Precognition: class III impossibility

In Physics of the Impossible: A Scientific Exploration Into the World of Phasers, Force Fields, Teleportation, and Time Travel (2008), Michio Kaku assigns precognition to the Class III of impossibilities: those violating the laws of physics (the other example given is perpetual motion).

Class I (may be possible within a century or two) includes teleportation; class II (may be possible in the distant future) includes time travel.



Filed under physics

3 responses to “Precognition: class III impossibility

  1. Considering the current attack on the nature of Time by modern theoretical physicists, I find such pronouncements hard to accept. Quantum entanglement can, in a relativistic environment, create paradoxes of cause and effect in which, to certain relativistic observers, the effect appears to precede the cause. If we take this at face value then the rigid founding assumption of thermodynamics, that an effect always follows its cause in time, is as dead in the water as the concept of “at the same time”, aka simultaneity, in Newtonian mechanics. Now let us add a dose of Twistor theory, in which the universe may loosely be described as “light-ray space” where every point is a photon and a point in ordinary spacetime is represented by all the photons that ever have, or every will, pass through it. A puff of theory you might think, except that it hugely simplifies certain important calculations in particle-particle interactions and is widely used for this reason. Then there is that moment of “now” which any pronouncement about precognition must attend to. There is no law of physics for “now”. Relativity gives us a block spacetime, as complete in the future as it was in the past. Quantum mechanics gives us a sum-over-histories – every possible path throughout not only space but also time: Richard Feyman had his histories bouncing off the beginning and end of the Universe! Thermodynamics gives us a relentless forward grind but no way of knowing where we are in it – even if we can devise a modified relativistic thermodynamics to define a “forwards” consistent with quantum weirdness. In the middle of all this we get a grand pronouncement that precognition breaks the laws of physics. Just like faster-than-light teleportation or the spatial separation of a particle’s spin from its momentum (both recently confirmed by experiment) used to, I suppose? I am sorry Mr. Kaku, but I am a down-to-earth scientific sort of chap. You and whose laws of physics?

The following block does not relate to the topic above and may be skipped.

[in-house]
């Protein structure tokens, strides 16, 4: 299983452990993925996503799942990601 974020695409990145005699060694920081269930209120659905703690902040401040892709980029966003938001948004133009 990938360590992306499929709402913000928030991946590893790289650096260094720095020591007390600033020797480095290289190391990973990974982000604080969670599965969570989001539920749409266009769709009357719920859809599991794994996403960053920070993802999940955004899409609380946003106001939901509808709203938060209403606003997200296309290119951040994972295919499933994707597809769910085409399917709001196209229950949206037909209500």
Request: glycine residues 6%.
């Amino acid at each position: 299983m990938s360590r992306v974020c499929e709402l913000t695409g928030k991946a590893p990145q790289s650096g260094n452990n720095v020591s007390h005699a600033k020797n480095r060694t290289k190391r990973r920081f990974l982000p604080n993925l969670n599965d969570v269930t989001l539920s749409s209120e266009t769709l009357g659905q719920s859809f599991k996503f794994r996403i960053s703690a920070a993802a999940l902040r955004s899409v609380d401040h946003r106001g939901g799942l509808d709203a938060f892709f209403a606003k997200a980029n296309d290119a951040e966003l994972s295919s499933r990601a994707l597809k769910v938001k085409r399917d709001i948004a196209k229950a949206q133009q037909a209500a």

2. On a more motivational level than my previous comment, one must wonder why such “classical materialist” scepticism is still prevalent in the post-quantum era. I would suggest that an emotional attachment to a rigorous atheistic materialism lies at the core of pronouncements such as these. There is a desperate need in such people to avoid the slightest taint of things beyond the material world, which their atheist materialism decrees must be irrational hokum. They have a great fear of contamination, of falling from rationalism. Precognition is just one of many phenomena to trigger that fear of unreason, through its traditional association with Things Beyond.
    Not only quantum mechanics, as I described above, but also symbolic information will both disobey classical physics at the drop of a hat. Scientifically, the human brain is an electrochemical system operating on the fringes of quantum science, while the mind is a flow of complex symbolic information. Rationally, therefore, one might expect precognition to reflect the laws of the quantum and of the symbol (for example, symbols can hold untruth but the “information” of the physicist always truthfully reflects its source).
    Rejection of this rationality is itself irrational, a self-defeating emotional scream by the atheistic materialist who cannot bear to have their faith in their own rationality challenged.

    • I should add that Dunne was well aware of this emotionality in his readers, and this was why he always sought to decouple his scientific theory from his metaphysical embroiderings. But even he was surprised by the irrational outbursts of the self-styled rationalists of the day, who notably included that champion of atheistic materialism, his old friend H G Wells.

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